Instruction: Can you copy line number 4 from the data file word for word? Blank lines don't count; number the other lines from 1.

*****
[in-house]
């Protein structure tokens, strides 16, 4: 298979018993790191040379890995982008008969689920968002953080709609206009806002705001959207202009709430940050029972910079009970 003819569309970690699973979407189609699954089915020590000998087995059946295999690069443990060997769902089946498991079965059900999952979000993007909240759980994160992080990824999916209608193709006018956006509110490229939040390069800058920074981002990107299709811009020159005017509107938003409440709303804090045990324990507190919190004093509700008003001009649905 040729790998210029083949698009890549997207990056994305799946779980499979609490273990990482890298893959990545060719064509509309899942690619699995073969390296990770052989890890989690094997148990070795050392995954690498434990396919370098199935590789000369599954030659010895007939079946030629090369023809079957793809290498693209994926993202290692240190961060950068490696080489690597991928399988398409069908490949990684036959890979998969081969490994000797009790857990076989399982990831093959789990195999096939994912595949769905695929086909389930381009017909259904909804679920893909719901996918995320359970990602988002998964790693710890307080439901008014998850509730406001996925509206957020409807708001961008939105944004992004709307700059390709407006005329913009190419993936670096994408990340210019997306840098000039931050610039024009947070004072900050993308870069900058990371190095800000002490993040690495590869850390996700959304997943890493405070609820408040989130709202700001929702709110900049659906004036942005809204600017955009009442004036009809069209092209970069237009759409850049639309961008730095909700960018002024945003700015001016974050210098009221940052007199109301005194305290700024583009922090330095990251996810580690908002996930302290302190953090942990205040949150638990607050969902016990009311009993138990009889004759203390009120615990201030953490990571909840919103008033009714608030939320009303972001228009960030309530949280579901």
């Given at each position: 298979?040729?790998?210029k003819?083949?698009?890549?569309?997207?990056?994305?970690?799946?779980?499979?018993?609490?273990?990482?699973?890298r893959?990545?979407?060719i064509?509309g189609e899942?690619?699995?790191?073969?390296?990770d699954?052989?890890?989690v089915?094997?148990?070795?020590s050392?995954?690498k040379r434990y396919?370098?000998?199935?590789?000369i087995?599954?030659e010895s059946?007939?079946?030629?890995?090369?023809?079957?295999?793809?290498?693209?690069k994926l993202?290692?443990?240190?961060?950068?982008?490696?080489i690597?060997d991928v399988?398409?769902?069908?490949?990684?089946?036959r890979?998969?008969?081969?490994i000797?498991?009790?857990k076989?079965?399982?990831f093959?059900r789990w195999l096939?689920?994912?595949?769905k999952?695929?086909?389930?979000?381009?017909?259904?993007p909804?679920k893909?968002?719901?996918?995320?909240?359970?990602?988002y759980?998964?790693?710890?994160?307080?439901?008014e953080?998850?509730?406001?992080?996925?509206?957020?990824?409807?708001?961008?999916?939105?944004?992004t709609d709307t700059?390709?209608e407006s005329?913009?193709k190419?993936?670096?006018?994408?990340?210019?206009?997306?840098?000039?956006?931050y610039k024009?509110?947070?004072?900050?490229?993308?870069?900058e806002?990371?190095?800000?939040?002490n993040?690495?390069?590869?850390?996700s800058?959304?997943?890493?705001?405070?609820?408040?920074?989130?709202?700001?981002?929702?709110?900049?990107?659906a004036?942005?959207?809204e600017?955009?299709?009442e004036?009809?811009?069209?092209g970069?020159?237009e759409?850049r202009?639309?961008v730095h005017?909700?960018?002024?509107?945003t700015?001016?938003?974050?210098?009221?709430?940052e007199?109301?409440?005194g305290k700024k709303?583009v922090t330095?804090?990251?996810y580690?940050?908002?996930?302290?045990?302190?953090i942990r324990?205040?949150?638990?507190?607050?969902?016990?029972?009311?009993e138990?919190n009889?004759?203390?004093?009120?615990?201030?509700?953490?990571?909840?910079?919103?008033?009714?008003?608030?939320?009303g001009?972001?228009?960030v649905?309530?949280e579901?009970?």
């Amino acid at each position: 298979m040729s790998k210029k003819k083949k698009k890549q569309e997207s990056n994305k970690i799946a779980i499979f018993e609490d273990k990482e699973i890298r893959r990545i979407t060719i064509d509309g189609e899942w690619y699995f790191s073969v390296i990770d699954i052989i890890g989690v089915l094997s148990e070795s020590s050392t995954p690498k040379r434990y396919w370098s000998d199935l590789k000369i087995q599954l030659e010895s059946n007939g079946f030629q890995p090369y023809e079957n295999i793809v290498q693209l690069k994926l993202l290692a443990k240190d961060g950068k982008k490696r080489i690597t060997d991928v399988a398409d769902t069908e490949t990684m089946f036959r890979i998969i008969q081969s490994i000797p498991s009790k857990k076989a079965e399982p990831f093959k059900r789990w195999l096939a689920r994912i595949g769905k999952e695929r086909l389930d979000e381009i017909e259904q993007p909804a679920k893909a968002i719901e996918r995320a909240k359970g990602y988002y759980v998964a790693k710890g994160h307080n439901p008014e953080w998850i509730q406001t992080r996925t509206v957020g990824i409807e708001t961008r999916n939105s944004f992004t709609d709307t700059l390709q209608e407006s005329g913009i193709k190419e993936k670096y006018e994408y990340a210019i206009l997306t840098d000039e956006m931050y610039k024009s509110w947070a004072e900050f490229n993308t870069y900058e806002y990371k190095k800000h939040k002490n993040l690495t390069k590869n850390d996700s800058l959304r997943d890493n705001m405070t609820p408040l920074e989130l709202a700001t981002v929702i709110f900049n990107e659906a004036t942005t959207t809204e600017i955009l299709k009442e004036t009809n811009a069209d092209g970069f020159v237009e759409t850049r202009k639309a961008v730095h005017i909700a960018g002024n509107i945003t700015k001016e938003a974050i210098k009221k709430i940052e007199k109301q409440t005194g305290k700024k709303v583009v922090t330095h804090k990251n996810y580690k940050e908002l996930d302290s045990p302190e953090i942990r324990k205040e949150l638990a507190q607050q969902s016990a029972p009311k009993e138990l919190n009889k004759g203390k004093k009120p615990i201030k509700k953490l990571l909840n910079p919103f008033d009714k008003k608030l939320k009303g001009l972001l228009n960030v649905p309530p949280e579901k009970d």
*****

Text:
């Amino acid at each position: 298979m040729s790998k210029k003819k083949k698009k890549q569309e997207s990056n994305k970690i799946a779980i499979f018993e609490d273990k990482e699973i890298r893959r990545i979407t060719i064509d509309g189609e899942w690619y699995f790191s073969v390296i990770d699954i052989i890890g989690v089915l094997s148990e070795s020590s050392t995954p690498k040379r434990y396919w370098s000998d199935l590789k000369i087995q599954l030659e010895s059946n007939g079946f030629q890995p090369y023809e079957n295999i793809v290498q693209l690069k994926l993202l290692a443990k240190d961060g950068k982008k490696r080489i690597t060997d991928v399988a398409d769902t069908e490949t990684m089946f036959r890979i998969i008969q081969s490994i000797p498991s009790k857990k076989a079965e399982p990831f093959k059900r789990w195999l096939a689920r994912i595949g769905k999952e695929r086909l389930d979000e381009i017909e259904q993007p909804a679920k893909a968002i719901e996918r995320a909240k359970g990602y988002y759980v998964a790693k710890g994160h307080n439901p008014e953080w998850i509730q406001t992080r996925t509206v957020g990824i409807e708001t961008r999916n939105s944004f992004t709609d709307t700059l390709q209608e407006s005329g913009i193709k190419e993936k670096y006018e994408y990340a210019i206009l997306t840098d000039e956006m931050y610039k024009s509110w947070a004072e900050f490229n993308t870069y900058e806002y990371k190095k800000h939040k002490n993040l690495t390069k590869n850390d996700s800058l959304r997943d890493n705001m405070t609820p408040l920074e989130l709202a700001t981002v929702i709110f900049n990107e659906a004036t942005t959207t809204e600017i955009l299709k009442e004036t009809n811009a069209d092209g970069f020159v237009e759409t850049r202009k639309a961008v730095h005017i909700a960018g002024n509107i945003t700015k001016e938003a974050i210098k009221k709430i940052e007199k109301q409440t005194g305290k700024k709303v583009v922090t330095h804090k990251n996810y580690k940050e908002l996930d302290s045990p302190e953090i942990r324990k205040e949150l638990a507190q607050q969902s016990a029972p009311k009993e138990l919190n009889k004759g203390k004093k009120p615990i201030k509700k953490l990571l909840n910079p919103f008033d009714k008003k608030l939320k009303g001009l972001l228009n960030v649905p309530p949280e579901k009970d």